With a tightly packed schedule and seemingly endless responsibilities as a college student, it can be easy to get caught up in the rush of academics and become consumed by stress. We sometimes become so focused on our work and our future that we neglect to take care of ourselves in the present, trading interesting experiences for a quick catnap or a mundane lunch break. But what better way to become inspired than to take a look at the hard work and talents of others, especially when they are conveniently located on the Rowan campus? The several art and photography exhibits on campus showcase local talent and offer a thought-provoking place for tranquility in the midst of a campus that’s always vibrant with chatter and activity.
Westby Hall, located near Science Hall, is home to a small gallery that regularly features new work and allows students to come and go as they please. Since it is conveniently located amongst other classroom buildings, popping in to check out the art in between classes couldn’t be more convenient. A ten-minute walk-through is all it takes to cover the whole exhibit, though it is brimming with inspiring work. Checking out each piece in the gallery leads you around the perimeter of the room until you are back at the door where you first entered, off on your way with a newfound appreciation for the work featured.
The most recent exhibit in the Westby Student Gallery that I stopped by to see was FW1917, a collection by local photographer Ashlyn Napoletano. This arrangement of tastefully minimalist fashion photography played with the idea of the huge effect technology and pop culture from various time periods has on society. It showcased simple, yet stunning, photographs with an even more intriguing purpose behind them–what Napoletano described on the poster for her exhibit as “an alternate future via the synergy of old tech and vibrant utilitarian fashion.” While the clean, white walls displayed the photography, the actual props used in the photos — various pieces of technology from past decades — were thoughtfully arranged in the corner of the room nearest the entrance, an intriguing invitation to passersby to come on in and see what they were about.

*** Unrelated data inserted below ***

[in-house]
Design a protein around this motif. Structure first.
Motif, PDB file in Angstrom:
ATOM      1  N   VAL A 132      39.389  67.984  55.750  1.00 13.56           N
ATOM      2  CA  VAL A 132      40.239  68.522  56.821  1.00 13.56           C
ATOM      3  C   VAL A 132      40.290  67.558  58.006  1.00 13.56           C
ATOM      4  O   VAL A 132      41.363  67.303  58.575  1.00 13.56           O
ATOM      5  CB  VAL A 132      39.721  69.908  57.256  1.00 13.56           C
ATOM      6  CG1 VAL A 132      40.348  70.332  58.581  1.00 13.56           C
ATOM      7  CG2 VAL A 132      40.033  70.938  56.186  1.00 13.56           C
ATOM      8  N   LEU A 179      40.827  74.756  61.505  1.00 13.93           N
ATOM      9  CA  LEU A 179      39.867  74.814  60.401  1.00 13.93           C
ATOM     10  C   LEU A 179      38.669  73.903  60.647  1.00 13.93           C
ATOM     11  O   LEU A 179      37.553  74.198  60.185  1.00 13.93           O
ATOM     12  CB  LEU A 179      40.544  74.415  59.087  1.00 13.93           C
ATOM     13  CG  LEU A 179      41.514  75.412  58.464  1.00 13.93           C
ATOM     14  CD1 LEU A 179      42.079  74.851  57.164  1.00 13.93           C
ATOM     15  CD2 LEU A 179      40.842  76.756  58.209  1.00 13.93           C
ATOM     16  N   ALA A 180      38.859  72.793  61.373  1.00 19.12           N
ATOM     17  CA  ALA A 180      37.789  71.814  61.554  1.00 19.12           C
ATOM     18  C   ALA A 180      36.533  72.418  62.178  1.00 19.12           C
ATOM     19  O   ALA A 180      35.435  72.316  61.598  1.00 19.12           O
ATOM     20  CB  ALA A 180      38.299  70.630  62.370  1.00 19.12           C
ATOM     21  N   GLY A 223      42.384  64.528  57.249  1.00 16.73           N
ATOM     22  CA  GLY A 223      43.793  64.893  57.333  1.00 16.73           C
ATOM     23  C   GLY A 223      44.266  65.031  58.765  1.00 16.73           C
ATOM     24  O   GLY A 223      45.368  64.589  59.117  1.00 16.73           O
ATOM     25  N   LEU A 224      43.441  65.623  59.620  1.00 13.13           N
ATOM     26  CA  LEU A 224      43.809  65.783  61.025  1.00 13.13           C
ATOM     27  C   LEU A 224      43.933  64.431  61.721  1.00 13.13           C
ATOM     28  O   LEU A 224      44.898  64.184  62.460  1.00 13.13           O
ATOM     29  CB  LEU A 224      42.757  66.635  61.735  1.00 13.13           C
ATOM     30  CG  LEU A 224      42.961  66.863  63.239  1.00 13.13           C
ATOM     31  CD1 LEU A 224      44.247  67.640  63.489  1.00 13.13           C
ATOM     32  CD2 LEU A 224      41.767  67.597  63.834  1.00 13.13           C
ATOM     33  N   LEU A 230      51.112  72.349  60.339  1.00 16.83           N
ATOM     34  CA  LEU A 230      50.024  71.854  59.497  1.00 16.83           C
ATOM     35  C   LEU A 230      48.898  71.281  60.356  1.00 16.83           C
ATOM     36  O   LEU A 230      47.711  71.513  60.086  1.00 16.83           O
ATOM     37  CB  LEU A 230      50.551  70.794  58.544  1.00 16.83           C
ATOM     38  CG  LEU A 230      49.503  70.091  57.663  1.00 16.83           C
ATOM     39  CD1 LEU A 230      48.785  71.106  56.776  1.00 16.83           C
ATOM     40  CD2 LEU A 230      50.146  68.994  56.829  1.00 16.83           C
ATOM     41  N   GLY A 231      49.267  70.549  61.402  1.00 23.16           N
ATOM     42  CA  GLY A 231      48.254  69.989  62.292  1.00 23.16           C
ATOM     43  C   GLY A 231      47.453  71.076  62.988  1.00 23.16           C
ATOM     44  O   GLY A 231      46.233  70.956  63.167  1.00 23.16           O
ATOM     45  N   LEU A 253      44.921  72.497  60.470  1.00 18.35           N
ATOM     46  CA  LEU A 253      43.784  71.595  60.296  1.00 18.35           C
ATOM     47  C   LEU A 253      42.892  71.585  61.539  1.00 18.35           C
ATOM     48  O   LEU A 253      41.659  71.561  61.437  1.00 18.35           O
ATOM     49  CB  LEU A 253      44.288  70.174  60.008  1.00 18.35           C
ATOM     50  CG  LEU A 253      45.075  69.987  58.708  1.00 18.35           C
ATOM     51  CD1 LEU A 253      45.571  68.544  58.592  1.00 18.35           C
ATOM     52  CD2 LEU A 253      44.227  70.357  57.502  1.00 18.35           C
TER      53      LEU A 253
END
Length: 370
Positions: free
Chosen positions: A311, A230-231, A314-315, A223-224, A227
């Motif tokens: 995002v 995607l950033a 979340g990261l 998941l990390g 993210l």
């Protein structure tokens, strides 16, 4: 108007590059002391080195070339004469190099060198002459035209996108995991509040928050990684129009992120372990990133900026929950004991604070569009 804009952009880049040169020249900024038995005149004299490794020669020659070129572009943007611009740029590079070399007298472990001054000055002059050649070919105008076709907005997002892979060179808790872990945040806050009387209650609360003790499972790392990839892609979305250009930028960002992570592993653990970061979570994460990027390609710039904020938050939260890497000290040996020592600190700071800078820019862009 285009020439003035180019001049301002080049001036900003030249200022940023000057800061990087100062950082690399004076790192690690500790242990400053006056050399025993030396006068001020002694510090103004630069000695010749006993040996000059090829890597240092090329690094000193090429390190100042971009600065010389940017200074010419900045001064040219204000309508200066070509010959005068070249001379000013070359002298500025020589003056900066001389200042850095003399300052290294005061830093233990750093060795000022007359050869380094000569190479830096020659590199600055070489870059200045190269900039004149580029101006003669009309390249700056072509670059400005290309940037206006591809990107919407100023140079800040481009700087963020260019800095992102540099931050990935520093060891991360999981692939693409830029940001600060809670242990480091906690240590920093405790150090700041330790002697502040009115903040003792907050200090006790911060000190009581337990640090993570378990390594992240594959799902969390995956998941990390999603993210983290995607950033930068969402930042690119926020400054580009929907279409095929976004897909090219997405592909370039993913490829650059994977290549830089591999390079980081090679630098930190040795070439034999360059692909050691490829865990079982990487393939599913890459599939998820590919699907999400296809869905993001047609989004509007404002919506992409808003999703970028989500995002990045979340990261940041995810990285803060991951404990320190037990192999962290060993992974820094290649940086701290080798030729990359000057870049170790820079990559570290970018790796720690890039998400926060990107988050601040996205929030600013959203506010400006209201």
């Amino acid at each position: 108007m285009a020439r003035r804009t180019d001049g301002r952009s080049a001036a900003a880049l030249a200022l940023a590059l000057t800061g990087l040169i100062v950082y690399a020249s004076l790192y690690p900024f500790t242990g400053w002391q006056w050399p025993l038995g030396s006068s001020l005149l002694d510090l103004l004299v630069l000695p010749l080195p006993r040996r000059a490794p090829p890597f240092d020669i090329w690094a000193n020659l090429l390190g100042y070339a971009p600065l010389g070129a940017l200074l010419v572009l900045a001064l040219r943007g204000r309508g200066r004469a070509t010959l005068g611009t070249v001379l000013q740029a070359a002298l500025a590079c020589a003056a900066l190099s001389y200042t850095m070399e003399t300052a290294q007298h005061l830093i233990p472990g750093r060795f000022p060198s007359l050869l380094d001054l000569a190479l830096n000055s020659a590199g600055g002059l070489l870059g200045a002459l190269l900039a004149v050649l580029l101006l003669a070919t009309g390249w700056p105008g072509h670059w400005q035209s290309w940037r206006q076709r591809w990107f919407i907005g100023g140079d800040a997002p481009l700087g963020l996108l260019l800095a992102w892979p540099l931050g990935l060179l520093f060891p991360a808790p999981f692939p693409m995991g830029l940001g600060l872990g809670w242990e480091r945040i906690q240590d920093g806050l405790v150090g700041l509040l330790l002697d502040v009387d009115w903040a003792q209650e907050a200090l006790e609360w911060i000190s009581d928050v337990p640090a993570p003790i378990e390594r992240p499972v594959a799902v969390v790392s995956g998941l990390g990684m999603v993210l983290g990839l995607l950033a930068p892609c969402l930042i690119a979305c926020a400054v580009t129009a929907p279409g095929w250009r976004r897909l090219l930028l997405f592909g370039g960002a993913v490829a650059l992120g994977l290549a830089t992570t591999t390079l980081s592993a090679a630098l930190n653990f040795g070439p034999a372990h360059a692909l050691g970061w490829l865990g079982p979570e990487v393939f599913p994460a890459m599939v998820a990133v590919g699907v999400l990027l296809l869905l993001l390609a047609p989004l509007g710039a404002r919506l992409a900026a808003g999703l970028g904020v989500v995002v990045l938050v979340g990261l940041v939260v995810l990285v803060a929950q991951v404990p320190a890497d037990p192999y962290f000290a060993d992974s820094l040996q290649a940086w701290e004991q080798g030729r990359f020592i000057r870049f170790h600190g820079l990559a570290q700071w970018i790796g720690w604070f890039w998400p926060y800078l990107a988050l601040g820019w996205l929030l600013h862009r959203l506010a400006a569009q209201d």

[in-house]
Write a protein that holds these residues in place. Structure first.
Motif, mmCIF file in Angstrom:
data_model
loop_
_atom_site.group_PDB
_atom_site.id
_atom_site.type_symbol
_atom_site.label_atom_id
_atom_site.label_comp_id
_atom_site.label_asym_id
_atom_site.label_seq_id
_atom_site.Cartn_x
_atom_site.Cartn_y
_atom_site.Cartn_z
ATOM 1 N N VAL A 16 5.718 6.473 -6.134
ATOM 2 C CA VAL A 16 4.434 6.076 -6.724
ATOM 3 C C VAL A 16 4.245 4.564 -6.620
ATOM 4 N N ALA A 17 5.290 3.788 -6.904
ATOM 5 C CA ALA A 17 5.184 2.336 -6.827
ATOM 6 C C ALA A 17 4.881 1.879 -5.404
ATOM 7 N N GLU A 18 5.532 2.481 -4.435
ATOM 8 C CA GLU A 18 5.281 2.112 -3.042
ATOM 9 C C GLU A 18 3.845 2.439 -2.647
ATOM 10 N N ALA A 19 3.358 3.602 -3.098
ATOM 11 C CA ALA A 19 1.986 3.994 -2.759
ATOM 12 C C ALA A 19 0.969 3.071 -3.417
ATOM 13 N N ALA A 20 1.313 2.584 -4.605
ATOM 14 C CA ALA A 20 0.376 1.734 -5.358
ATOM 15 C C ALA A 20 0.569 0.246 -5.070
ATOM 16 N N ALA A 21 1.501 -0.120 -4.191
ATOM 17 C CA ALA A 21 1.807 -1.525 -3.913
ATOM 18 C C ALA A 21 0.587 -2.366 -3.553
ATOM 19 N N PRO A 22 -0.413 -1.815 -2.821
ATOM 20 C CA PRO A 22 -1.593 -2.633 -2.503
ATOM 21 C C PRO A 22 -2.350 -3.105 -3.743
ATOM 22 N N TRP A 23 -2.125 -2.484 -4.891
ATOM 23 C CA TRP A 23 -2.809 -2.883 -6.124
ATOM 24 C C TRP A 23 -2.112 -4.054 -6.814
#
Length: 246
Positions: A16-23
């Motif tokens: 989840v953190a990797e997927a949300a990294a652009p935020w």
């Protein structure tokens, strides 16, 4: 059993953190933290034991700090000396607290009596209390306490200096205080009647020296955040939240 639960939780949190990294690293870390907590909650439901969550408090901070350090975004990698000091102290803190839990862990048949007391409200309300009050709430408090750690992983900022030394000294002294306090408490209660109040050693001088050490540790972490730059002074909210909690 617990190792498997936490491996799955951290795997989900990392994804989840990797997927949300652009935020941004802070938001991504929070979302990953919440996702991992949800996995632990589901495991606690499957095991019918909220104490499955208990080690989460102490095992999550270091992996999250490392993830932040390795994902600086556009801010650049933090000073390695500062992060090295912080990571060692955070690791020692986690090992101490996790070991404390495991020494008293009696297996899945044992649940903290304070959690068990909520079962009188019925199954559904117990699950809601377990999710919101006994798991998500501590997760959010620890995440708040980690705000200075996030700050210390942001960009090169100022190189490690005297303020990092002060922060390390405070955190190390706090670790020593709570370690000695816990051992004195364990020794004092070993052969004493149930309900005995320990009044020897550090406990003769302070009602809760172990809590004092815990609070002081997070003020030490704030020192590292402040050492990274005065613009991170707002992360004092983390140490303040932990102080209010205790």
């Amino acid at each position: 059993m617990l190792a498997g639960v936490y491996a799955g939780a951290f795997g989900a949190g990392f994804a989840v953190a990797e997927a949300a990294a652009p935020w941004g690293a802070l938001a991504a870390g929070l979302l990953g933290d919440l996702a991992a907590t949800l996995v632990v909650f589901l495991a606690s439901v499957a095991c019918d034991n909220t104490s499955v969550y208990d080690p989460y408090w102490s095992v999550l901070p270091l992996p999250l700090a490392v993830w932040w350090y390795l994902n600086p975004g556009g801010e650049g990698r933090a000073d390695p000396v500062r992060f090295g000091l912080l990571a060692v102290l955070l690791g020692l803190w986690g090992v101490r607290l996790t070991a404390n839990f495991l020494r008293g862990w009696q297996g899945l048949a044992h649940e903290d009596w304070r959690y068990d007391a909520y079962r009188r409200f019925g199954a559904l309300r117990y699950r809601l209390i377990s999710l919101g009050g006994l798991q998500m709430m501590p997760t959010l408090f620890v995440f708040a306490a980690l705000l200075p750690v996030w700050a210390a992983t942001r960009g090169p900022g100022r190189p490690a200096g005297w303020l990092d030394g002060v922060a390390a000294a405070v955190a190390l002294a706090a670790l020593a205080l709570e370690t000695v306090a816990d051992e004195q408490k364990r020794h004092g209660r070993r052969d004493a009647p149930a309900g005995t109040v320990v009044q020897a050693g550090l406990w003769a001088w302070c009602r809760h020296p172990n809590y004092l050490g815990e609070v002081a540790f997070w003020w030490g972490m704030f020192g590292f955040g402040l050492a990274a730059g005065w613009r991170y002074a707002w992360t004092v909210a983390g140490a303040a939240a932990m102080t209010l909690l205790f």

The second gallery on campus, the Rowan Art Gallery at 301 High Street, located inside academic building, offers an even more peaceful and intimate interaction with the art. The most recent installation features multimedia pieces of an exhibit by Philadelphia artist Jay Walker, called “Archetype,” that showcases two dimensional wooden figures dressed in meticulously detailed colorful duct tape designs. The pieces of this exhibit almost cover the height from the floor to the high ceilings, and their bright colors catch the light of the picture windows nearby, making this quiet space the perfect escape to solely focus on the art and feel at ease. In a previous interview with Rowan University, Walker said regarding his art, “I challenge myself by taking what is in front of me and making it into something interesting,” and Rowan students can do the same with just a brief trip to one of the galleries on campus.
Whether you’re an art major, an engineering major, a business major or anything in between, Rowan does a great job of welcoming all students to explore the ever changing art exhibits on display throughout campus. The galleries provide students with an opportunity to do something interesting and unexpected with their free time.
By: Nicole Cier, East Brunswick (Middlesex County)
Writing Arts major